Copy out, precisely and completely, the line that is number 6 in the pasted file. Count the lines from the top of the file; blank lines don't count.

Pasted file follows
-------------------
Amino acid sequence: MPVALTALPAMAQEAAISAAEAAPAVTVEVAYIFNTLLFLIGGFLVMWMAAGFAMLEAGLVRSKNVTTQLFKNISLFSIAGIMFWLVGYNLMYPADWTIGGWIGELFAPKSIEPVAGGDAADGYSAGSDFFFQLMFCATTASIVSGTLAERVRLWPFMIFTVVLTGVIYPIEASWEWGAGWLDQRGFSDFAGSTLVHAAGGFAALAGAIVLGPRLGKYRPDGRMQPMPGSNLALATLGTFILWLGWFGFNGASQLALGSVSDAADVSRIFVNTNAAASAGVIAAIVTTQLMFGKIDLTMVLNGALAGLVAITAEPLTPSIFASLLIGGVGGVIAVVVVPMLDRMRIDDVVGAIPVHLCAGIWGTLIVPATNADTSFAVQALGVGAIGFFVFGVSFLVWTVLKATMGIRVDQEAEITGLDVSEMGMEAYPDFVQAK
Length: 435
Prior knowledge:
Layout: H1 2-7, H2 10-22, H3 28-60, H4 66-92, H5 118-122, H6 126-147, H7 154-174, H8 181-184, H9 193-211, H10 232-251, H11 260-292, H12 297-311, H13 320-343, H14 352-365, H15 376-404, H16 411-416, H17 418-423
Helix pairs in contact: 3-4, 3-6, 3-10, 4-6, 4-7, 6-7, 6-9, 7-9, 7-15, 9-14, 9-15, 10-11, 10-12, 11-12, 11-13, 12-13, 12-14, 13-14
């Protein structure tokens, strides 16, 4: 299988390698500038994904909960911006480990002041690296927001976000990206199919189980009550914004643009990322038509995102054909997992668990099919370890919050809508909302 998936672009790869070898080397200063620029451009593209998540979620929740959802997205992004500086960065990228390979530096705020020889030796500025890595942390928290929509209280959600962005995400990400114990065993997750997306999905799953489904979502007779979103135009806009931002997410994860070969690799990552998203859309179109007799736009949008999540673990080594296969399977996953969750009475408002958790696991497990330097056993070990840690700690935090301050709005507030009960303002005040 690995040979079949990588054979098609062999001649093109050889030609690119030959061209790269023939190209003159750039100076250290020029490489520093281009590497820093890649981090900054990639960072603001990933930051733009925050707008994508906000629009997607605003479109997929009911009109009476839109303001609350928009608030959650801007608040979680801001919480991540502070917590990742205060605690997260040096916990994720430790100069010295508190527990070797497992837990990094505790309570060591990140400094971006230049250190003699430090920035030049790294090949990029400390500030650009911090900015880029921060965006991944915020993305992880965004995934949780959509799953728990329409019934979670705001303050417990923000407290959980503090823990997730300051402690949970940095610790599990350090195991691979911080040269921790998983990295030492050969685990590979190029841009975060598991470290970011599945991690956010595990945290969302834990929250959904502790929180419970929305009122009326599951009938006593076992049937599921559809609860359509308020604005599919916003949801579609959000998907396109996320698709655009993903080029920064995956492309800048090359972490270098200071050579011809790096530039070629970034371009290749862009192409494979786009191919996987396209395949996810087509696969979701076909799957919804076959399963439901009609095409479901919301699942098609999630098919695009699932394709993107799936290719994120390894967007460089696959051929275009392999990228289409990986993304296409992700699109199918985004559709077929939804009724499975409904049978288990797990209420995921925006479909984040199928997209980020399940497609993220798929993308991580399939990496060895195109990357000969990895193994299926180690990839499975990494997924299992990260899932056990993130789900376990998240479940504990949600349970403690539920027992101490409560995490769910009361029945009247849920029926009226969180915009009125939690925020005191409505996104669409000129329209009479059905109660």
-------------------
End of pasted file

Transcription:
């Protein structure tokens, strides 16, 4: 299988390698500038994904909960911006480990002041690296927001976000990206199919189980009550914004643009990322038509995102054909997992668990099919370890919050809508909302 998936672009790869070898080397200063620029451009593209998540979620929740959802997205992004500086960065990228390979530096705020020889030796500025890595942390928290929509209280959600962005995400990400114990065993997750997306999905799953489904979502007779979103135009806009931002997410994860070969690799990552998203859309179109007799736009949008999540673990080594296969399977996953969750009475408002958790696991497990330097056993070990840690700690935090301050709005507030009960303002005040 690995040979079949990588054979098609062999001649093109050889030609690119030959061209790269023939190209003159750039100076250290020029490489520093281009590497820093890649981090900054990639960072603001990933930051733009925050707008994508906000629009997607605003479109997929009911009109009476839109303001609350928009608030959650801007608040979680801001919480991540502070917590990742205060605690997260040096916990994720430790100069010295508190527990070797497992837990990094505790309570060591990140400094971006230049250190003699430090920035030049790294090949990029400390500030650009911090900015880029921060965006991944915020993305992880965004995934949780959509799953728990329409019934979670705001303050417990923000407290959980503090823990997730300051402690949970940095610790599990350090195991691979911080040269921790998983990295030492050969685990590979190029841009975060598991470290970011599945991690956010595990945290969302834990929250959904502790929180419970929305009122009326599951009938006593076992049937599921559809609860359509308020604005599919916003949801579609959000998907396109996320698709655009993903080029920064995956492309800048090359972490270098200071050579011809790096530039070629970034371009290749862009192409494979786009191919996987396209395949996810087509696969979701076909799957919804076959399963439901009609095409479901919301699942098609999630098919695009699932394709993107799936290719994120390894967007460089696959051929275009392999990228289409990986993304296409992700699109199918985004559709077929939804009724499975409904049978288990797990209420995921925006479909984040199928997209980020399940497609993220798929993308991580399939990496060895195109990357000969990895193994299926180690990839499975990494997924299992990260899932056990993130789900376990998240479940504990949600349970403690539920027992101490409560995490769910009361029945009247849920029926009226969180915009009125939690925020005191409505996104669409000129329209009479059905109660």